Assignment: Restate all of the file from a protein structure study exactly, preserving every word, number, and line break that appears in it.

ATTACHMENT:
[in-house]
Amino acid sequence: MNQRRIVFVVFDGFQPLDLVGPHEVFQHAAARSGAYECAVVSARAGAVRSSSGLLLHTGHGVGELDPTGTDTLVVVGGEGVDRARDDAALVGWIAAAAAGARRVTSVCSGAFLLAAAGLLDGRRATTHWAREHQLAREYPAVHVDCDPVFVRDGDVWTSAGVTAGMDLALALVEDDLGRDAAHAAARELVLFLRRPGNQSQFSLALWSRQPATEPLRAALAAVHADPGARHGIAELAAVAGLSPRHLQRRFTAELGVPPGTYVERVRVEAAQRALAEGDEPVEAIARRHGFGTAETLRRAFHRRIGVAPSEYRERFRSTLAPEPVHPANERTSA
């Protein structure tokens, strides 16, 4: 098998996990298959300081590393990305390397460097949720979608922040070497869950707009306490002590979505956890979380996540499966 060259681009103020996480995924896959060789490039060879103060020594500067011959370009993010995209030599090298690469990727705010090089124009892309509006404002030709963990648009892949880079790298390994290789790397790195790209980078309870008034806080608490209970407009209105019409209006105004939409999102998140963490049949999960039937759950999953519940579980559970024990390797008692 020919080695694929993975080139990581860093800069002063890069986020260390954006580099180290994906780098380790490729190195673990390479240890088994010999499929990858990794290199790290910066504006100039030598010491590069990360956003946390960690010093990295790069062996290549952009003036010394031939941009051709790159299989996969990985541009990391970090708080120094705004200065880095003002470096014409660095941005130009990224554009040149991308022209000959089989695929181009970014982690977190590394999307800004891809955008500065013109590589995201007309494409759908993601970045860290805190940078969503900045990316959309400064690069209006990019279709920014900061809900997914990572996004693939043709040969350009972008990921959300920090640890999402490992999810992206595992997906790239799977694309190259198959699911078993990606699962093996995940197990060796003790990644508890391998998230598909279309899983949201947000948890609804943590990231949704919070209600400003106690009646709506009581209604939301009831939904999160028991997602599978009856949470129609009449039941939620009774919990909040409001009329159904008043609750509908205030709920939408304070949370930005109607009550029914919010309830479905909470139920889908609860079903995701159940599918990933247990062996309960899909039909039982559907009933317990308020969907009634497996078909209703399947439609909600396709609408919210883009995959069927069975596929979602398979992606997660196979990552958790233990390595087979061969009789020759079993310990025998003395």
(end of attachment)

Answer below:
[in-house]
Amino acid sequence: MNQRRIVFVVFDGFQPLDLVGPHEVFQHAAARSGAYECAVVSARAGAVRSSSGLLLHTGHGVGELDPTGTDTLVVVGGEGVDRARDDAALVGWIAAAAAGARRVTSVCSGAFLLAAAGLLDGRRATTHWAREHQLAREYPAVHVDCDPVFVRDGDVWTSAGVTAGMDLALALVEDDLGRDAAHAAARELVLFLRRPGNQSQFSLALWSRQPATEPLRAALAAVHADPGARHGIAELAAVAGLSPRHLQRRFTAELGVPPGTYVERVRVEAAQRALAEGDEPVEAIARRHGFGTAETLRRAFHRRIGVAPSEYRERFRSTLAPEPVHPANERTSA
């Protein structure tokens, strides 16, 4: 098998996990298959300081590393990305390397460097949720979608922040070497869950707009306490002590979505956890979380996540499966 060259681009103020996480995924896959060789490039060879103060020594500067011959370009993010995209030599090298690469990727705010090089124009892309509006404002030709963990648009892949880079790298390994290789790397790195790209980078309870008034806080608490209970407009209105019409209006105004939409999102998140963490049949999960039937759950999953519940579980559970024990390797008692 020919080695694929993975080139990581860093800069002063890069986020260390954006580099180290994906780098380790490729190195673990390479240890088994010999499929990858990794290199790290910066504006100039030598010491590069990360956003946390960690010093990295790069062996290549952009003036010394031939941009051709790159299989996969990985541009990391970090708080120094705004200065880095003002470096014409660095941005130009990224554009040149991308022209000959089989695929181009970014982690977190590394999307800004891809955008500065013109590589995201007309494409759908993601970045860290805190940078969503900045990316959309400064690069209006990019279709920014900061809900997914990572996004693939043709040969350009972008990921959300920090640890999402490992999810992206595992997906790239799977694309190259198959699911078993990606699962093996995940197990060796003790990644508890391998998230598909279309899983949201947000948890609804943590990231949704919070209600400003106690009646709506009581209604939301009831939904999160028991997602599978009856949470129609009449039941939620009774919990909040409001009329159904008043609750509908205030709920939408304070949370930005109607009550029914919010309830479905909470139920889908609860079903995701159940599918990933247990062996309960899909039909039982559907009933317990308020969907009634497996078909209703399947439609909600396709609408919210883009995959069927069975596929979602398979992606997660196979990552958790233990390595087979061969009789020759079993310990025998003395």